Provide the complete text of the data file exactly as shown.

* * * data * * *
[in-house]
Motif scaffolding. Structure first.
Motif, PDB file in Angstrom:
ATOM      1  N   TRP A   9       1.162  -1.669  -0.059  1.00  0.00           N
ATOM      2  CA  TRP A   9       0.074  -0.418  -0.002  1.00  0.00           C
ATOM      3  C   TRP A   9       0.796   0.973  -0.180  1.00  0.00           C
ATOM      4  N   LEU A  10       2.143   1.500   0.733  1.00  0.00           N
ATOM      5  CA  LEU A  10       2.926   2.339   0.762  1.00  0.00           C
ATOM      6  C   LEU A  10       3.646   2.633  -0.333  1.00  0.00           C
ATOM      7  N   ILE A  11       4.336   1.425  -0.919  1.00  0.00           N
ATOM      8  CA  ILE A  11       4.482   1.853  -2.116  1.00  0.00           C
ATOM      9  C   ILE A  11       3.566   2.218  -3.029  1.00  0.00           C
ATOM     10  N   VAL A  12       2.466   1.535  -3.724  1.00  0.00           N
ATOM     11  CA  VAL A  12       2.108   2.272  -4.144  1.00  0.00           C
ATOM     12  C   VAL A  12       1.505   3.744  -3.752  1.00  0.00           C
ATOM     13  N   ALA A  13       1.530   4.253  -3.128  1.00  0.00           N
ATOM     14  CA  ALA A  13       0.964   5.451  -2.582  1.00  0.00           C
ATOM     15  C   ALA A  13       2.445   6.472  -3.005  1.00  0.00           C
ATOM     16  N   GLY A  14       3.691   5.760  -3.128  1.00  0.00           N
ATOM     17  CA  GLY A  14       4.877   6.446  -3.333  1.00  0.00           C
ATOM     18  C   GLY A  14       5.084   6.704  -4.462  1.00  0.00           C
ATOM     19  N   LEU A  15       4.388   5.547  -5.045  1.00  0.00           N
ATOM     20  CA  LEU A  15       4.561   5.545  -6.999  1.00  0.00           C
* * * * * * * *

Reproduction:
[in-house]
Motif scaffolding. Structure first.
Motif, PDB file in Angstrom:
ATOM      1  N   TRP A   9       1.162  -1.669  -0.059  1.00  0.00           N
ATOM      2  CA  TRP A   9       0.074  -0.418  -0.002  1.00  0.00           C
ATOM      3  C   TRP A   9       0.796   0.973  -0.180  1.00  0.00           C
ATOM      4  N   LEU A  10       2.143   1.500   0.733  1.00  0.00           N
ATOM      5  CA  LEU A  10       2.926   2.339   0.762  1.00  0.00           C
ATOM      6  C   LEU A  10       3.646   2.633  -0.333  1.00  0.00           C
ATOM      7  N   ILE A  11       4.336   1.425  -0.919  1.00  0.00           N
ATOM      8  CA  ILE A  11       4.482   1.853  -2.116  1.00  0.00           C
ATOM      9  C   ILE A  11       3.566   2.218  -3.029  1.00  0.00           C
ATOM     10  N   VAL A  12       2.466   1.535  -3.724  1.00  0.00           N
ATOM     11  CA  VAL A  12       2.108   2.272  -4.144  1.00  0.00           C
ATOM     12  C   VAL A  12       1.505   3.744  -3.752  1.00  0.00           C
ATOM     13  N   ALA A  13       1.530   4.253  -3.128  1.00  0.00           N
ATOM     14  CA  ALA A  13       0.964   5.451  -2.582  1.00  0.00           C
ATOM     15  C   ALA A  13       2.445   6.472  -3.005  1.00  0.00           C
ATOM     16  N   GLY A  14       3.691   5.760  -3.128  1.00  0.00           N
ATOM     17  CA  GLY A  14       4.877   6.446  -3.333  1.00  0.00           C
ATOM     18  C   GLY A  14       5.084   6.704  -4.462  1.00  0.00           C
ATOM     19  N   LEU A  15       4.388   5.547  -5.045  1.00  0.00           N
ATOM     20  CA  LEU A  15       4.561   5.545  -6.999  1.00  0.00           C